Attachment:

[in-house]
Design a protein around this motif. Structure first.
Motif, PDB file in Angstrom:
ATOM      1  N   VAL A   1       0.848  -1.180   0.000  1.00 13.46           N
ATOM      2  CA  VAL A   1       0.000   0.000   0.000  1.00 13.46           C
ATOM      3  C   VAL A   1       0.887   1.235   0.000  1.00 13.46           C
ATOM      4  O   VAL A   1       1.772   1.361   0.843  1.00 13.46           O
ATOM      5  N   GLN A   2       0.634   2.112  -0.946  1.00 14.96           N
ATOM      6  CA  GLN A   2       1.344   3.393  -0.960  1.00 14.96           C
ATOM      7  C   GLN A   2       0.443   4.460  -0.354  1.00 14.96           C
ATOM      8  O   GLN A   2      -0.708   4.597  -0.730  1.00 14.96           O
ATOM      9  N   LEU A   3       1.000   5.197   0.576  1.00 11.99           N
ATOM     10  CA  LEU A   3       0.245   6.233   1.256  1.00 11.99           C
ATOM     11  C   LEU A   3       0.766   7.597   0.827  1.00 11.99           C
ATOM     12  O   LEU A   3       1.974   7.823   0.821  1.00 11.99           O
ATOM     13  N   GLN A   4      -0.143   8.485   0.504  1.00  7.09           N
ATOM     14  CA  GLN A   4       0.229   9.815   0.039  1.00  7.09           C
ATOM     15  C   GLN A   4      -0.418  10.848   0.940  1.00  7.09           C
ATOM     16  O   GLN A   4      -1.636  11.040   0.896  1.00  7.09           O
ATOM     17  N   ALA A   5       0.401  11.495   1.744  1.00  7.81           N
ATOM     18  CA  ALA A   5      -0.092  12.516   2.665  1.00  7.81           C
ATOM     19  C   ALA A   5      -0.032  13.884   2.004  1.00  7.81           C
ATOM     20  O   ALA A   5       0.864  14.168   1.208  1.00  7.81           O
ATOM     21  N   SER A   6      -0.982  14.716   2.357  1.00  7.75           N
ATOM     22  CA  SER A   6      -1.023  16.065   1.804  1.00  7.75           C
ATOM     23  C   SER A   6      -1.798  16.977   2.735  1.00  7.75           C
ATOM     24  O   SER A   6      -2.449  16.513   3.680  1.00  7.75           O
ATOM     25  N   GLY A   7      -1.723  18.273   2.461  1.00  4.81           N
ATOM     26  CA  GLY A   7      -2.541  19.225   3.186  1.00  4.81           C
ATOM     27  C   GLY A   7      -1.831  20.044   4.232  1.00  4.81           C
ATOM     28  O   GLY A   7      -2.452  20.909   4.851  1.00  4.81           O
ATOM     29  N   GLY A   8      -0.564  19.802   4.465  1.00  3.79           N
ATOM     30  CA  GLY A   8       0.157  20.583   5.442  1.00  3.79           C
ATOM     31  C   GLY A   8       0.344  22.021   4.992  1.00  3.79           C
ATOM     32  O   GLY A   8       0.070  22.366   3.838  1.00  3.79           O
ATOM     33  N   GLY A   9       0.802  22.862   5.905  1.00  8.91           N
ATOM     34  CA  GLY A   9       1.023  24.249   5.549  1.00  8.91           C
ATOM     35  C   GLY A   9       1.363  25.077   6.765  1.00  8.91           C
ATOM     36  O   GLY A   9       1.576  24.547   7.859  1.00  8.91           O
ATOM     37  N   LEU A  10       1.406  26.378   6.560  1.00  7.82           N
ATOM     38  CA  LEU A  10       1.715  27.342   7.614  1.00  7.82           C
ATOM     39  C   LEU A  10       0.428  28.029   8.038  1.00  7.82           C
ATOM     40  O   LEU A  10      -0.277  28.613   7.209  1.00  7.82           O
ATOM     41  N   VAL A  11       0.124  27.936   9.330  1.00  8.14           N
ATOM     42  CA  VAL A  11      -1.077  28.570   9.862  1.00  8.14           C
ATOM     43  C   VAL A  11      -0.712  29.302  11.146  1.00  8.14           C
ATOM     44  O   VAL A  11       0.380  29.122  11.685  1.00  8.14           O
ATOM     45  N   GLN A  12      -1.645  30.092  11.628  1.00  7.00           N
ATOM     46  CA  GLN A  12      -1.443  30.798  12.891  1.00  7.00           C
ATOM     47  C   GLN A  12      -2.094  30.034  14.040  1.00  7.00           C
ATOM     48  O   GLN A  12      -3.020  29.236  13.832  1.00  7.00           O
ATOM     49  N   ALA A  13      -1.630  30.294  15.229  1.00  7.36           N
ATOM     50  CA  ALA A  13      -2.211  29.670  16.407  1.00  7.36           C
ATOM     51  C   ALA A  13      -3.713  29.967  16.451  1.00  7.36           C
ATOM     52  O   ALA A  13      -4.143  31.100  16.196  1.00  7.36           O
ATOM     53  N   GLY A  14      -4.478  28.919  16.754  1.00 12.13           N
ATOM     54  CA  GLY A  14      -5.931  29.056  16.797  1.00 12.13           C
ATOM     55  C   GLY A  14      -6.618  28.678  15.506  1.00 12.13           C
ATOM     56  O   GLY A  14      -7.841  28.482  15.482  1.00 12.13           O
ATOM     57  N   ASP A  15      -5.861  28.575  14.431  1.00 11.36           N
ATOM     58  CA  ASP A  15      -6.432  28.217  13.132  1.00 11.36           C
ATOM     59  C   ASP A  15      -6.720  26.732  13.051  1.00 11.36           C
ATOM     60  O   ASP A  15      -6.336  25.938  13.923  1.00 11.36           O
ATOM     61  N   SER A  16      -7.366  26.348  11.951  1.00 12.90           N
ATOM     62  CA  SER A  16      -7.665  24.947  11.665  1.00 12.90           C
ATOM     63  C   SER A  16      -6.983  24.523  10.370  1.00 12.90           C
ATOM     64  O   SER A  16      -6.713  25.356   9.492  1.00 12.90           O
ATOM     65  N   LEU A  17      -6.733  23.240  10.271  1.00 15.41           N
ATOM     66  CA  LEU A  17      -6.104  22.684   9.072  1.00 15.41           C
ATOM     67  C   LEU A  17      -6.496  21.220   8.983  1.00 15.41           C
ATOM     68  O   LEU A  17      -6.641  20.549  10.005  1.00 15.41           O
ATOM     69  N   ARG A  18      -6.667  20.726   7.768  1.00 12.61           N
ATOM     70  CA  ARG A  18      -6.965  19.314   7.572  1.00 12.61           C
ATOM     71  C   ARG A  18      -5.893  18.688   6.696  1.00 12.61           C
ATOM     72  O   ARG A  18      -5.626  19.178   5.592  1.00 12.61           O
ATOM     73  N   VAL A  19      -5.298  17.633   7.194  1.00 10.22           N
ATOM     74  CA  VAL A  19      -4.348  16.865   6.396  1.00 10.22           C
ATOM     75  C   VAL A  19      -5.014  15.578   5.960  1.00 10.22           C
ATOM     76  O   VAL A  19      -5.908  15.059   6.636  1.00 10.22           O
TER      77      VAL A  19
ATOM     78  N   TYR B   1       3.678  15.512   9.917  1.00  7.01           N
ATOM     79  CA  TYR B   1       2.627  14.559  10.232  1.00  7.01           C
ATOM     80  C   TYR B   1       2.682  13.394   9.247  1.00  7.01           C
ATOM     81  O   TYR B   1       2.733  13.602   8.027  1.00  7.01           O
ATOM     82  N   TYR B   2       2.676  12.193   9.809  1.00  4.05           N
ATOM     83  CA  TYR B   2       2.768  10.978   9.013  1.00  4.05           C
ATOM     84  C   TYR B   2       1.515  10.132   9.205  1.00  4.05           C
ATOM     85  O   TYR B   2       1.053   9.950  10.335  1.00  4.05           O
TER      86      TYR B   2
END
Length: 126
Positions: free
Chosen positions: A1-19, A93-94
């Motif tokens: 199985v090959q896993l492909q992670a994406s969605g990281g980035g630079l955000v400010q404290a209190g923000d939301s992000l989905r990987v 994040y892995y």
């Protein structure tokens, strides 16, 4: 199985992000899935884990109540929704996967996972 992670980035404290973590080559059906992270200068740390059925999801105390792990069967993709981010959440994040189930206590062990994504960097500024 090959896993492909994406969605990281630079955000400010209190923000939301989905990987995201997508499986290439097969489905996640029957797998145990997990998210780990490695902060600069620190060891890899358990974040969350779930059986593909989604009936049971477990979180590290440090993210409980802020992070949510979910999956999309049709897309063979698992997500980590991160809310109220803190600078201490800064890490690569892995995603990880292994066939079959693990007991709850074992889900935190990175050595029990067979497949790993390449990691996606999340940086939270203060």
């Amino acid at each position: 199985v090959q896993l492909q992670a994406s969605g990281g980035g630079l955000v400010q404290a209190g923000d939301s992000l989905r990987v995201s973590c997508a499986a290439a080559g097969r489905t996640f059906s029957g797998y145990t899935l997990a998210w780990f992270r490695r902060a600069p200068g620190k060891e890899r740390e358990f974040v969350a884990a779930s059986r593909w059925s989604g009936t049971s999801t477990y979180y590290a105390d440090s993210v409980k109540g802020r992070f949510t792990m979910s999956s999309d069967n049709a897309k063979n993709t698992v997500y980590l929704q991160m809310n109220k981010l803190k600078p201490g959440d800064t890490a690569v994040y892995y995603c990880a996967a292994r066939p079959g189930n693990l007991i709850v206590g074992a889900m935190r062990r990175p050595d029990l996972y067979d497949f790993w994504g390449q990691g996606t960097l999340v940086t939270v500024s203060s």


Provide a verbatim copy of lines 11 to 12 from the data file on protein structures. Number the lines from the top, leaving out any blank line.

ATOM      8  O   GLN A   2      -0.708   4.597  -0.730  1.00 14.96           O
ATOM      9  N   LEU A   3       1.000   5.197   0.576  1.00 11.99           N